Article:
Notes To The Family

A Polyamorous Christian?


The Washington Post Magazine, Date Lab, April 14, 2019

From the above article:

Certain things about me seem very conservative, 37-year-old lawyer Mary Thuell told me. "Church is very important."  In fact, Mary is a Sunday school teacher and sings alto in her Episcopalian church choir.  Like a lot of women her age, Mary is dating with an eye toward a lasting partnership and eventually children -- what she calls "serious markers, relationship escalators."  But Mary says that a lot of the men she goes out with have trouble reconciling her ostensibly traditional values with the fact that she is also polyamorous.  That is, she believes it is possible to build and maintain stable, intimate and loving relationships with multiple people.  She does not believe in "exclusivity as a marker of how much someone matters to you," she told me.  "I just don't ascribe to that anymore." . . .

. . . However, Chad wasn't blindsided. Typically, Date Lab participants start the night with almost no prior knowledge of the other dater.  This time, the sensible minds at The Washington Post Magazine thought it best to brief Chad in advance that his date was poly.  He was pretty chill about the whole thing --"especially on a first date," he told me, "because pretty much everyone is polyamorous at that point."  Chad is also very sensible.  And this is not his first rodeo.  "In my 20s, I had been through stints of dating multiple people --what they call ethical non-monogamy, he said.  "As long as you have open, honest conversations about what the relationship is supposed to be, it can work out really well." 

Well, that's the set up.  For this article the ending is not important.  We'll just focus on a few statements from above:

Certain things about me seem very conservative," 37-year-old lawyer Mary Thuell told me. "   Church is very important, not Christ!

She does not believe in "exclusivity as a marker of how much someone matters to you," she told me.  "I just don't ascribe to that anymore."  That being a tenant of followers of Christ who worship together as local church bodies, one cannot say that she is a believer and follower of Christ.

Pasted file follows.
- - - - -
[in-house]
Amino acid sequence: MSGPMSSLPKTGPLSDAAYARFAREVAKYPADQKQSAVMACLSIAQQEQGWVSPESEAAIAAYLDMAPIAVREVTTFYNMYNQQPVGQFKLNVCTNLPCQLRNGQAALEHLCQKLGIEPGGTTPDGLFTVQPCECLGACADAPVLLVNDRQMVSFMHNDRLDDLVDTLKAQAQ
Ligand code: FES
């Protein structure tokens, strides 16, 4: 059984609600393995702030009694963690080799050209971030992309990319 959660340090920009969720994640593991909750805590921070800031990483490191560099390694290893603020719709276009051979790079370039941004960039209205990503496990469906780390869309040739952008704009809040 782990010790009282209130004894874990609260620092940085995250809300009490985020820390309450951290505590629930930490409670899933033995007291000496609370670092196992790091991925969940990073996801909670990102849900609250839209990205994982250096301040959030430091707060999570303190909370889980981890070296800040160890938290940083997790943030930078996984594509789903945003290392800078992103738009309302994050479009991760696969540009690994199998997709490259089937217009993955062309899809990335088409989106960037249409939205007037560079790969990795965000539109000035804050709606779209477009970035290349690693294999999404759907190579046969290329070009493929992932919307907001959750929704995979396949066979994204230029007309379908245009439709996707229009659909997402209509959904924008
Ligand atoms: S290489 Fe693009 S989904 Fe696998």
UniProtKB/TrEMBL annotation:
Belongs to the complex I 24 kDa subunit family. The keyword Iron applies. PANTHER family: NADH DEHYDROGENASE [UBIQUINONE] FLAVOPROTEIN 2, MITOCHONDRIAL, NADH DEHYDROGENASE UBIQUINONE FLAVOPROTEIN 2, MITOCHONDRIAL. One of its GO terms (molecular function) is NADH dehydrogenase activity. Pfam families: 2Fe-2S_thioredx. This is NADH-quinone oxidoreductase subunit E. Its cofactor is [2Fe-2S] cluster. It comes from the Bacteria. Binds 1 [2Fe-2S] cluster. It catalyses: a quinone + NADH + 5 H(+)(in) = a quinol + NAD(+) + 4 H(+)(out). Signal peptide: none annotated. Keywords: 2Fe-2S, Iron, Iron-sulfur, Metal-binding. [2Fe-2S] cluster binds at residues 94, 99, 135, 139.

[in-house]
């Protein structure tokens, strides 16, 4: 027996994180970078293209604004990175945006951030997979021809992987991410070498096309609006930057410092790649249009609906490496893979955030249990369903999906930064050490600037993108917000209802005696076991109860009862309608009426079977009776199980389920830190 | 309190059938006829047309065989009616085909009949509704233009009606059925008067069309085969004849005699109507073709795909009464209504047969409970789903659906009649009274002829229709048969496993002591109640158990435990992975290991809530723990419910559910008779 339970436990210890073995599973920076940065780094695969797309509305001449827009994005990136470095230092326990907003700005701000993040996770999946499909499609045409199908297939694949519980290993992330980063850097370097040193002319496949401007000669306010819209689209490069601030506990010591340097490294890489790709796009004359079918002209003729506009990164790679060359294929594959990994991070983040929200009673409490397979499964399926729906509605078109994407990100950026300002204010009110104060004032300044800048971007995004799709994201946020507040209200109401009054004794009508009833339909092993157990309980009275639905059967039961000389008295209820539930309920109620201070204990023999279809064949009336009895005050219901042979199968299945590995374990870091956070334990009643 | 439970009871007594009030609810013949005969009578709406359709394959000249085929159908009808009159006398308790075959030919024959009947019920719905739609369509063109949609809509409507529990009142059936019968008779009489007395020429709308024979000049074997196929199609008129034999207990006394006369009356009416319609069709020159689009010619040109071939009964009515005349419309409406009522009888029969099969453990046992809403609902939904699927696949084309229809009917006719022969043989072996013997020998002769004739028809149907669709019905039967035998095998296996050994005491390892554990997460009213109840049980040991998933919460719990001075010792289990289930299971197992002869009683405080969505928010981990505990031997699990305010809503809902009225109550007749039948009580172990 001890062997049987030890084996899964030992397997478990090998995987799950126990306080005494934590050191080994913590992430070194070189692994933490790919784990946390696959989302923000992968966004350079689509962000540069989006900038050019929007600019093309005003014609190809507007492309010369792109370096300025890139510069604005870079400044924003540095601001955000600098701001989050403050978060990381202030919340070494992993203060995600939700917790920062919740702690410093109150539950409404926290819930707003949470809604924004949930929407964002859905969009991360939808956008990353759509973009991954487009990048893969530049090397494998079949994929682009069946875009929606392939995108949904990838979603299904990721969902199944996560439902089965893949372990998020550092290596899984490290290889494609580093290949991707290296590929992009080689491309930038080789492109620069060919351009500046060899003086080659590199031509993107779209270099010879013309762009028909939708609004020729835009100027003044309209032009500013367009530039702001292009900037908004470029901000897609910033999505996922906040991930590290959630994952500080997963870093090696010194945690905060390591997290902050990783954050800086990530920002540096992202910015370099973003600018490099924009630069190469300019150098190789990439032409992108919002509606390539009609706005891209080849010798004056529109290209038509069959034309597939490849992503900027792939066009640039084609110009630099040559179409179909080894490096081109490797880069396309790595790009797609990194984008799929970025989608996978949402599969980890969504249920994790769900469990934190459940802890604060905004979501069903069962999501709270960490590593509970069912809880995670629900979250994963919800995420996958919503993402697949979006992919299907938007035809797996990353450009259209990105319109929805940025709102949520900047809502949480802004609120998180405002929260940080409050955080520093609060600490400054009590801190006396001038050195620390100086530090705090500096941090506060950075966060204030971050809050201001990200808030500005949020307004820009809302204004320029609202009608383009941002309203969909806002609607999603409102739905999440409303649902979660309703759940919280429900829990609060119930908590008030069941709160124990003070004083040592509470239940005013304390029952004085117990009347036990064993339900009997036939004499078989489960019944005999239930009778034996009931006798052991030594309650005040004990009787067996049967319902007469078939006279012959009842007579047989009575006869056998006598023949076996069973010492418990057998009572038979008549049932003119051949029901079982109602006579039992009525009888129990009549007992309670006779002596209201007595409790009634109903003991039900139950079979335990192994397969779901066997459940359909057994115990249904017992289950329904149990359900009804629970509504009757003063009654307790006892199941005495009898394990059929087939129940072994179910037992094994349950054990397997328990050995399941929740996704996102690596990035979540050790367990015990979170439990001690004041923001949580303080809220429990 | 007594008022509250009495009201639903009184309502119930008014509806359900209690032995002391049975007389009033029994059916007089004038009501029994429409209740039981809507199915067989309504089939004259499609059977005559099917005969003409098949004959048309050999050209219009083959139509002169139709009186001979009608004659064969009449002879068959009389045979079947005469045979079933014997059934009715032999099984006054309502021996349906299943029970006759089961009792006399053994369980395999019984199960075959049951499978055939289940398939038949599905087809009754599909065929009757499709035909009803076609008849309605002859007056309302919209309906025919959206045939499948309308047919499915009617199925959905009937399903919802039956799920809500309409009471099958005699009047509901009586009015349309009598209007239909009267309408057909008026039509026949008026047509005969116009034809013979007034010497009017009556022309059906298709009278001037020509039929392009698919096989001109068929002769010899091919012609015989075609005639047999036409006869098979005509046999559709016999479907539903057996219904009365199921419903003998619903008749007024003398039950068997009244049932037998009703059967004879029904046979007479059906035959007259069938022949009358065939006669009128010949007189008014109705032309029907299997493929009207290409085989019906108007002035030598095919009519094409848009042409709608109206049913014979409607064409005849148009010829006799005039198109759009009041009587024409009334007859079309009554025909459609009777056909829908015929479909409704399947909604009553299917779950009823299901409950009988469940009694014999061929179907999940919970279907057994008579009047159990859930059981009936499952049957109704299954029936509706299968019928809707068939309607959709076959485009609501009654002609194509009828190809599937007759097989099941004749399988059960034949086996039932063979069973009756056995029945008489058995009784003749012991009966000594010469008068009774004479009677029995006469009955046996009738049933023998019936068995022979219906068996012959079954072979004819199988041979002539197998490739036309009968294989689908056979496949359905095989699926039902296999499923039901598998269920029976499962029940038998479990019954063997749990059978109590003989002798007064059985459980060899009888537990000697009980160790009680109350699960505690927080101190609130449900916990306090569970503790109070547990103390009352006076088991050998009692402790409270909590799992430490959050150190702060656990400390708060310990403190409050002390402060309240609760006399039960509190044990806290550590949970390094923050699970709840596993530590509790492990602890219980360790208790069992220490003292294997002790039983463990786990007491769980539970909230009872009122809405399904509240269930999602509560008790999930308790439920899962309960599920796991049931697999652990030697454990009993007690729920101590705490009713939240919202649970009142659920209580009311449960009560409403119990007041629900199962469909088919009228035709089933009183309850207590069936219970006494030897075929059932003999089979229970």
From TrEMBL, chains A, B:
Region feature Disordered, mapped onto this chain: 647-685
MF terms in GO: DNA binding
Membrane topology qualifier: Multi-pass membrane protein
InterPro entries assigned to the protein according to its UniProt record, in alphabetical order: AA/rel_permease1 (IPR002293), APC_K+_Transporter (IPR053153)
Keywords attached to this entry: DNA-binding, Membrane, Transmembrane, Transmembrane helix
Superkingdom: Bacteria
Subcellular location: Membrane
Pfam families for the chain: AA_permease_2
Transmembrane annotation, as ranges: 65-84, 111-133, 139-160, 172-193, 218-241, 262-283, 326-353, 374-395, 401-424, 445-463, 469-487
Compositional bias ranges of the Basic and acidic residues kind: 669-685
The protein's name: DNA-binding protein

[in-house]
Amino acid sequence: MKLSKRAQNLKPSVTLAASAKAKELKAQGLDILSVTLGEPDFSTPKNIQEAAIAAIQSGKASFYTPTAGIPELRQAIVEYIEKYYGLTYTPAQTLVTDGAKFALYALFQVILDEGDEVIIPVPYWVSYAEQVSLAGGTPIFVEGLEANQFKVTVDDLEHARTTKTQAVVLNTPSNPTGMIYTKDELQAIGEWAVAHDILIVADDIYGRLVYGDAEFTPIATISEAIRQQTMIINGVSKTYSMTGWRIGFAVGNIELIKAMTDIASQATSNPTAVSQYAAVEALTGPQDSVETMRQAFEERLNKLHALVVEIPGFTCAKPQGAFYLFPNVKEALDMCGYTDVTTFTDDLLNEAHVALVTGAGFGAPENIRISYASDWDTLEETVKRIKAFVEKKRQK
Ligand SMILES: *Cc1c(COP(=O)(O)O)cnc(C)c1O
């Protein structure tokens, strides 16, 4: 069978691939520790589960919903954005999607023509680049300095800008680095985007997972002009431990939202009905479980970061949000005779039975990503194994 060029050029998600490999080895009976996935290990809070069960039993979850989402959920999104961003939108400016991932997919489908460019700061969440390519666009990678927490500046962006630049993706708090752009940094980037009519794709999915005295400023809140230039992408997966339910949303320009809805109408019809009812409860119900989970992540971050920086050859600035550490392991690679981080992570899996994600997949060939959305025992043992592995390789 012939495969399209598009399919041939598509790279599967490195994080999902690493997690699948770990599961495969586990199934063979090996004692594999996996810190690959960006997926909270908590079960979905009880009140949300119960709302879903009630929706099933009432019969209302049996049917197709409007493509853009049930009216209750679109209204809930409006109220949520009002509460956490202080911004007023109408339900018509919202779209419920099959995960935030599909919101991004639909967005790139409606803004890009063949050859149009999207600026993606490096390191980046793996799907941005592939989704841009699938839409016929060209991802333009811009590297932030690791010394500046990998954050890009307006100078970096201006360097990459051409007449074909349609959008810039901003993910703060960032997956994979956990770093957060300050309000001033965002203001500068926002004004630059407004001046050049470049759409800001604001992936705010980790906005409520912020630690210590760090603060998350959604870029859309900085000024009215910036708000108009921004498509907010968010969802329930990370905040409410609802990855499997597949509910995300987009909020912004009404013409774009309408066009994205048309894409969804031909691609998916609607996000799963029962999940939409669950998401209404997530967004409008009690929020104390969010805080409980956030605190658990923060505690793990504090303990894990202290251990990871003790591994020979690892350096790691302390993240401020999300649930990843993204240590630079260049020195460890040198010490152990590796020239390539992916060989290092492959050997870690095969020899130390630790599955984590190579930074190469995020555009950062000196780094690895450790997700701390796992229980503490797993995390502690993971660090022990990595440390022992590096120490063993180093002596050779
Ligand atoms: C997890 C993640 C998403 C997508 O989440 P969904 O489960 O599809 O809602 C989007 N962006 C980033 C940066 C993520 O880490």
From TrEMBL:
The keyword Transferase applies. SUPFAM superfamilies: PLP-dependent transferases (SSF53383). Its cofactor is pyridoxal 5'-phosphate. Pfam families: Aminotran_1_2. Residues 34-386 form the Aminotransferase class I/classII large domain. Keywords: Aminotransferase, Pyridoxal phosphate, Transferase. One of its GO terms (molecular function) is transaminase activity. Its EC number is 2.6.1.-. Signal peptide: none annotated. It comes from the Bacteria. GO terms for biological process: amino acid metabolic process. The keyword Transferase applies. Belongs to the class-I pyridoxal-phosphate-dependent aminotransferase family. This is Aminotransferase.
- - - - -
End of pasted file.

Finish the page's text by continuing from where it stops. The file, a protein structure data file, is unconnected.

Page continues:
But Mary says that a lot of the men she goes out with have trouble reconciling her ostensibly traditional values with the fact that she is also polyamorous. As does this writer, and perhaps you.

Church attendance and/or membership have little to do with one's relationship to Christ.  And if there is no relationship with Christ anything goes. The church welcomes all, with the understanding that they have come to a place where they are committed to following Christ.  But within any church there are many who do not follow the teachings of Christ.  There is no guardian over the Cup of Communion.  Most require commitment to a statement of faith to serve in the choir or teach Sunday school or carry out other church duties, but not all.  Even for the churches that do, there can be great variance in the character of Believers, some weak and less disciplined and some well disciplined and strong.

Your relationship with Christ must be a personal thing.  It cannot be based on what others do or profess.


Matthew 7:15-21 (KJV) 15 Beware of false prophets, which come to you in sheep's clothing, but inwardly they are ravening wolves. 16 Ye shall know them by their fruits. Do men gather grapes of thorns, or figs of thistles? 17 Even so every good tree bringeth forth good fruit; but a corrupt tree bringeth forth evil fruit. 18 A good tree cannot bring forth evil fruit, neither can a corrupt tree bring forth good fruit. 19 Every tree that bringeth not forth good fruit is hewn down, and cast into the fire. 20 Wherefore by their fruits ye shall know them. 21 Not every one that saith unto me, Lord, Lord, shall enter into the kingdom of heaven; but he that doeth the will of my Father which is in heaven.


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